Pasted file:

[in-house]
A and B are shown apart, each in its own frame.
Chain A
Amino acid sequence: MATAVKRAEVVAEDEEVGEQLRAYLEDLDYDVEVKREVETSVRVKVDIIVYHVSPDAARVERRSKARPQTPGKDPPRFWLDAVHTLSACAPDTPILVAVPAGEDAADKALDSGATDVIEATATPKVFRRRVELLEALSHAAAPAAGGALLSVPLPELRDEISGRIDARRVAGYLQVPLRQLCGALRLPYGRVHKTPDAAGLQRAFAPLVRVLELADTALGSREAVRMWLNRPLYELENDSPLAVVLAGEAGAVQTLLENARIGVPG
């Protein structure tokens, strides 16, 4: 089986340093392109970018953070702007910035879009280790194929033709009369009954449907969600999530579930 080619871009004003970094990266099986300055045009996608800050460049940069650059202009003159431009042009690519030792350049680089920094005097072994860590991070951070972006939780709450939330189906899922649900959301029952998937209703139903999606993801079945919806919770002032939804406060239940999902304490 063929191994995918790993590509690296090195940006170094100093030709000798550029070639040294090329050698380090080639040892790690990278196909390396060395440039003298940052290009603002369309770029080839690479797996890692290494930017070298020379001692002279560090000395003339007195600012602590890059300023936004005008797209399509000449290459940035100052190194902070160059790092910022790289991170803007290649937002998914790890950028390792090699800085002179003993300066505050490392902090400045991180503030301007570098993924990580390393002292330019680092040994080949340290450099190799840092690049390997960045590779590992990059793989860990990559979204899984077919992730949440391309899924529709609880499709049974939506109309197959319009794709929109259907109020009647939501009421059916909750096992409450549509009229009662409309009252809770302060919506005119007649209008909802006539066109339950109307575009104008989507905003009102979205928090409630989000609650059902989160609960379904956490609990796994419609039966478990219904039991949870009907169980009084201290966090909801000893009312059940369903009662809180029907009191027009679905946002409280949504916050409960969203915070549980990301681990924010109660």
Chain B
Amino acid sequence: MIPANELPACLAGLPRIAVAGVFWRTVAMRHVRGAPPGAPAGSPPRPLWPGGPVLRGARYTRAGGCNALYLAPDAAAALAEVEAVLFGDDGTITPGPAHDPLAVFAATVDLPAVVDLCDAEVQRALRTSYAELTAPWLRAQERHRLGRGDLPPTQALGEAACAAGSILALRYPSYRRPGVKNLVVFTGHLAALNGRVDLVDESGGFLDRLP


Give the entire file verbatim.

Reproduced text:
[in-house]
A and B are shown apart, each in its own frame.
Chain A
Amino acid sequence: MATAVKRAEVVAEDEEVGEQLRAYLEDLDYDVEVKREVETSVRVKVDIIVYHVSPDAARVERRSKARPQTPGKDPPRFWLDAVHTLSACAPDTPILVAVPAGEDAADKALDSGATDVIEATATPKVFRRRVELLEALSHAAAPAAGGALLSVPLPELRDEISGRIDARRVAGYLQVPLRQLCGALRLPYGRVHKTPDAAGLQRAFAPLVRVLELADTALGSREAVRMWLNRPLYELENDSPLAVVLAGEAGAVQTLLENARIGVPG
């Protein structure tokens, strides 16, 4: 089986340093392109970018953070702007910035879009280790194929033709009369009954449907969600999530579930 080619871009004003970094990266099986300055045009996608800050460049940069650059202009003159431009042009690519030792350049680089920094005097072994860590991070951070972006939780709450939330189906899922649900959301029952998937209703139903999606993801079945919806919770002032939804406060239940999902304490 063929191994995918790993590509690296090195940006170094100093030709000798550029070639040294090329050698380090080639040892790690990278196909390396060395440039003298940052290009603002369309770029080839690479797996890692290494930017070298020379001692002279560090000395003339007195600012602590890059300023936004005008797209399509000449290459940035100052190194902070160059790092910022790289991170803007290649937002998914790890950028390792090699800085002179003993300066505050490392902090400045991180503030301007570098993924990580390393002292330019680092040994080949340290450099190799840092690049390997960045590779590992990059793989860990990559979204899984077919992730949440391309899924529709609880499709049974939506109309197959319009794709929109259907109020009647939501009421059916909750096992409450549509009229009662409309009252809770302060919506005119007649209008909802006539066109339950109307575009104008989507905003009102979205928090409630989000609650059902989160609960379904956490609990796994419609039966478990219904039991949870009907169980009084201290966090909801000893009312059940369903009662809180029907009191027009679905946002409280949504916050409960969203915070549980990301681990924010109660």
Chain B
Amino acid sequence: MIPANELPACLAGLPRIAVAGVFWRTVAMRHVRGAPPGAPAGSPPRPLWPGGPVLRGARYTRAGGCNALYLAPDAAAALAEVEAVLFGDDGTITPGPAHDPLAVFAATVDLPAVVDLCDAEVQRALRTSYAELTAPWLRAQERHRLGRGDLPPTQALGEAACAAGSILALRYPSYRRPGVKNLVVFTGHLAALNGRVDLVDESGGFLDRLP